How so?

  • Will you edit the images and layer the keywords as texts?
  • Will you type the keywords underneath the images?

None of the above!

I optimize images in 5 ways:

  • First, get free stock images from sites like Unsplash and Pexels. Or I hire a graphic designer for a custom image.
  • Then use resizing tools to compress the images without losing the quality.
  • Rename the file [of the compressed images] to describe where they were used. And, of course, I’ll add the keywords.
  • Upload the image to my content and change the alt tag to match the file name.
  • Optimize the meta information using my keyword for images designed or edited with Photoshop or CorelDraw.


When adding several keywords in your image alt tag or file name, separate them with a dash, not space.

Embed Media

Like images, all media files have meta descriptions — even embedded ones. So, explore the opportunity.

But what if there are opportunities there?

There are opportunities in embedded media. This is how I know:

Google bots [that crawl and index content and pages] can’t read media files. They only interpret and index the alternative tags of such files.

So, help the bots with what they want and include your keyword. Help yourself in the process too.

Bottom line:

When embedding the media files, check for the alt tag. Once you find it, insert a desired name. Of course, this is the point to include your keywords.

Navigation Menu

Optimizing your navigation menu for keywords can be tricky. But it can be done and is golden when you get it right.

So, how does this work?

Frankly, optimizing your navigation menu is no different than you would anchor texts. The only difference is that the former is broader — linking to several pages and content on your site.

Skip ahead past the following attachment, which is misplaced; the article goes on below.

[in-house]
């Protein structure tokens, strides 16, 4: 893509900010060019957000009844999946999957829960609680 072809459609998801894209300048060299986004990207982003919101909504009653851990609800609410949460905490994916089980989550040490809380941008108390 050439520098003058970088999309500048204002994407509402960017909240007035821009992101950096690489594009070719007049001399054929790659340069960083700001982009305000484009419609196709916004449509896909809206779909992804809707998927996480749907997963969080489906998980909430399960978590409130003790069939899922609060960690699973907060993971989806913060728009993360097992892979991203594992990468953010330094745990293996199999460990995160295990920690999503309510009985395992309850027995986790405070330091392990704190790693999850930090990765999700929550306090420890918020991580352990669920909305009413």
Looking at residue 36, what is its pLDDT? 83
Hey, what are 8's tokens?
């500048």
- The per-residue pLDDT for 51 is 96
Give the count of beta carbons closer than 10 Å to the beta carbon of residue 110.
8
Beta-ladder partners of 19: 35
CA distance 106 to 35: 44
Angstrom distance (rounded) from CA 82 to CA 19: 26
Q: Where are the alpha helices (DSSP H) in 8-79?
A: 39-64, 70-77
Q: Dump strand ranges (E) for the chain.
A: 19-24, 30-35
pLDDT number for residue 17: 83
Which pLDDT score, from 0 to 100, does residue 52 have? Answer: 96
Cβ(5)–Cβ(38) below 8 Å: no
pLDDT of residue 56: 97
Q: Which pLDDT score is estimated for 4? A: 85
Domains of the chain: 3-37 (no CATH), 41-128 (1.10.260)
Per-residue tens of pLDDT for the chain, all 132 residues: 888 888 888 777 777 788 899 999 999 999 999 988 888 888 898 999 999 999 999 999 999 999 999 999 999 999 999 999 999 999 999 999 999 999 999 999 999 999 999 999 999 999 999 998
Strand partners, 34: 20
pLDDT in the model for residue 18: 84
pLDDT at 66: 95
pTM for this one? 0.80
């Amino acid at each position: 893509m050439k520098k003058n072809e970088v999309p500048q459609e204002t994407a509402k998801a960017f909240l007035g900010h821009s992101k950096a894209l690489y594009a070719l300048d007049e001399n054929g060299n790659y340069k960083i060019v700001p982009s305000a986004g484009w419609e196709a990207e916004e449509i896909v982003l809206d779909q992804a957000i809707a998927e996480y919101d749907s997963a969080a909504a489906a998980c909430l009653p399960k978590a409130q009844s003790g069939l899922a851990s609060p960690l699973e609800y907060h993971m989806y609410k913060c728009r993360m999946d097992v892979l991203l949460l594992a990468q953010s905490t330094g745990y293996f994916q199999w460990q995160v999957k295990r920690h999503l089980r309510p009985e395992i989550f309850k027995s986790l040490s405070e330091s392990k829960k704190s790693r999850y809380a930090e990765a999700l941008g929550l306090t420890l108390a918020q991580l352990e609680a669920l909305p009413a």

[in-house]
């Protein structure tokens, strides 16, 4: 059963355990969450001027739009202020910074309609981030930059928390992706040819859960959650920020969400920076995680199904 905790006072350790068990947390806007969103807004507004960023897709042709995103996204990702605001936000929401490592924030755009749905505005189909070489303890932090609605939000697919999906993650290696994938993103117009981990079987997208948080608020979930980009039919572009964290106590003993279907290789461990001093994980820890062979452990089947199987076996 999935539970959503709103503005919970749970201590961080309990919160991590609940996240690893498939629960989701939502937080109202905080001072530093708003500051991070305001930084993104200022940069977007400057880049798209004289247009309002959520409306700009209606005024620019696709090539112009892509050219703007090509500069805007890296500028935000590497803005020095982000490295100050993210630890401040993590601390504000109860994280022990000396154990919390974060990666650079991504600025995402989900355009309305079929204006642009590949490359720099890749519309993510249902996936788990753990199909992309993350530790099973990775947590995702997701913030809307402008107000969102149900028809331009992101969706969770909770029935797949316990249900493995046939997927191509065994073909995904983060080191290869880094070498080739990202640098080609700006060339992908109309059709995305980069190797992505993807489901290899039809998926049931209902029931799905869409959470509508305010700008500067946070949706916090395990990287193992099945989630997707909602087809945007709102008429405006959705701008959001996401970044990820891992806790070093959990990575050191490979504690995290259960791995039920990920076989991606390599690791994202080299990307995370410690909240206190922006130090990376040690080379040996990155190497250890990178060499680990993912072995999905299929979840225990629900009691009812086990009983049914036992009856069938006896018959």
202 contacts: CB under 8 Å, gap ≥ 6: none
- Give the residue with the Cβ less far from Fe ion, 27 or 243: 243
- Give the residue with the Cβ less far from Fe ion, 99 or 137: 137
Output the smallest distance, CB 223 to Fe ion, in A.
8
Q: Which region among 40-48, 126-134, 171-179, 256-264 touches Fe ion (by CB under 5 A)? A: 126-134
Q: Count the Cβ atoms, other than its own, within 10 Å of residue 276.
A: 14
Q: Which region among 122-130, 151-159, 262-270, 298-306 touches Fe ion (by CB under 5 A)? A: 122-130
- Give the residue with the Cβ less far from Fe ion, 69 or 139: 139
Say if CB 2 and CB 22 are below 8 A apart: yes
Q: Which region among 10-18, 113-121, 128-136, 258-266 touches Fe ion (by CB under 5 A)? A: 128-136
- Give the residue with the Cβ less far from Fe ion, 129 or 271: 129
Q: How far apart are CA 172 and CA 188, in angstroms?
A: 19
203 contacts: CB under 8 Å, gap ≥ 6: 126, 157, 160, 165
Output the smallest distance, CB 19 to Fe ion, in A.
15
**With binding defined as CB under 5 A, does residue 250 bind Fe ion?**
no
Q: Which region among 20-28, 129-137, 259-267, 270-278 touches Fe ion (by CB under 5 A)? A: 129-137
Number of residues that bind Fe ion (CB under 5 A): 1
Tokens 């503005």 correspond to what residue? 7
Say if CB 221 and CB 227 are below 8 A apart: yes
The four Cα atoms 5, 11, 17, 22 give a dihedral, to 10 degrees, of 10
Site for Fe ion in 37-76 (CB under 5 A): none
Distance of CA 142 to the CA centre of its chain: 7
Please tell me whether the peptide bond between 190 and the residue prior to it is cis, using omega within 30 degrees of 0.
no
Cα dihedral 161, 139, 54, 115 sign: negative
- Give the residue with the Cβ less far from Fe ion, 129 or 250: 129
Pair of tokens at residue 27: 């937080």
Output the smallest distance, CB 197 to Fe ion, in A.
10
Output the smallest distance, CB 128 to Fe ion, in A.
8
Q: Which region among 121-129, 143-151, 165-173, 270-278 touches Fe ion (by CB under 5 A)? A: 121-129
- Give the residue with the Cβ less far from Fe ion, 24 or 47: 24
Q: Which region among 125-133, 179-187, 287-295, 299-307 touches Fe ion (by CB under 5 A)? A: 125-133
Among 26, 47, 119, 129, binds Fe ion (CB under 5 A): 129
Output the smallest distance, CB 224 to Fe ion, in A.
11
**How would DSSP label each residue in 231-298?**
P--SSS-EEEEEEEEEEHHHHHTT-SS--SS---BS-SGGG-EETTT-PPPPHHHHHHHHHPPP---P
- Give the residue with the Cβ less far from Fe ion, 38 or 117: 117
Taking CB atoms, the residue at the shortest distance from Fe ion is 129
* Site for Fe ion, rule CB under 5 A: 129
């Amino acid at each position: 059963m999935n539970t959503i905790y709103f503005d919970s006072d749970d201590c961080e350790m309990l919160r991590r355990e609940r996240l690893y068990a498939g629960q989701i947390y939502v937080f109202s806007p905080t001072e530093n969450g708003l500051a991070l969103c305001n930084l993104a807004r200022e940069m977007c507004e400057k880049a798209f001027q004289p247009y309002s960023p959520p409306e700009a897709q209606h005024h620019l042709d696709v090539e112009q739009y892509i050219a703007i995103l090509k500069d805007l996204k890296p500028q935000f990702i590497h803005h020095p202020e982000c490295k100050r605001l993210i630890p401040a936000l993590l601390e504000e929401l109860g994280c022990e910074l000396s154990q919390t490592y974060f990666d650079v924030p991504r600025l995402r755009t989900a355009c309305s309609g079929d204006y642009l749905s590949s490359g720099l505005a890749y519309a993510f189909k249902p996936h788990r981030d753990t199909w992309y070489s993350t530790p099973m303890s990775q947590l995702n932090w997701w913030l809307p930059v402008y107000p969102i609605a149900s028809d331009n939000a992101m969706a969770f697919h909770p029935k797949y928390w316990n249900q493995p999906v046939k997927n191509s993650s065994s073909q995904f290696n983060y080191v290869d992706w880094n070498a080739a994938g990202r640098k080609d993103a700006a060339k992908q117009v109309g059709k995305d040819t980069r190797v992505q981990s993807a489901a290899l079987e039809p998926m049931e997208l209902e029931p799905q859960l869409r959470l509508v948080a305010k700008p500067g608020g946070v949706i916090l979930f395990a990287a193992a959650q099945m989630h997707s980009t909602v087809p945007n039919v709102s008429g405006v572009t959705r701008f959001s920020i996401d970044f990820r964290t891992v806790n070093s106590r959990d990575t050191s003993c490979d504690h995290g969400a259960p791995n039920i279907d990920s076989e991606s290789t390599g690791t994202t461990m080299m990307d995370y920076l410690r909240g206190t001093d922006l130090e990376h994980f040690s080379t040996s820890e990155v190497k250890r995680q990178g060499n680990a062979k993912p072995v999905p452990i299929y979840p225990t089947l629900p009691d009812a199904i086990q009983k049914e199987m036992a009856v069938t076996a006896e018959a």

As a result, the chances are that you’ll use the same anchor texts. Unfortunately, that might affect your SEO campaigns.

What can you do?

  • Use partial match keywords or,
  • Only the seed keyword


This part is somewhat technical. But you can pull it off if you’re familiar with HTML codes.

That said, I’ll only mention two HTML tags you can optimize.

  1. DIV tags

<div class = “keyword”>

<div id = “keyword”>


Source: SEO Chatter

  1. Paragraph tags

<p title = “keyword”> [Insert text] </p>

Keyword Optimization Is Crucial To SEO

Learning to add keywords to your website can be instrumental to being on page 1 of search results. But remember, knowing where to use them (the keywords) is as important as finding the ones worth using.

So, learn how to do keyword research. Then, optimize your pages and content: starting from meta descriptions & titles to on-page attributes and images.

Do that, and you’ll rank your content high on search results.

And what if the optimization doesn’t work?

Don’t give up. SEO takes time. Review your strategies and re-optimize.

The issue might not even be with your keyword optimization. It could be your page speed, content marketing, or technical support.

My recommendation:

Track all your page elements and audit them periodically to see what’s working, needs fixing, or must be removed.


How Do You Add Keywords To A Website In HTML?

Include the keywords in tags such as div and paragraph. For “div,” use these codes:

  • <div class = “keyword”>
  • <div id = “keyword”>

Use this code for paragraph tags:

  • <p title = “keyword”> [Insert text] </p>

Note: there are other tags you can optimize in HTML. However, you might need a programmer’s guidance.

How Do You Add SEO Keywords To My Website?

Start from the meta description and title. Include your SEO keywords as naturally as possible. Place the keyword at the front so it’s not truncated.

Afterward, optimize your page URL, headers, images, anchor texts, and navigation page.

Also, you can include keywords within the markup codes if you understand HTML designs. But ensure you are not working on the live site in case of errors.

How To Add Keywords To Google My Business?

The methods are the same regardless of if your site is Shopify, WordPress, Squarespace, or a listing like GMB. Place your keywords at the titles, headers, images, and within the content of your pages.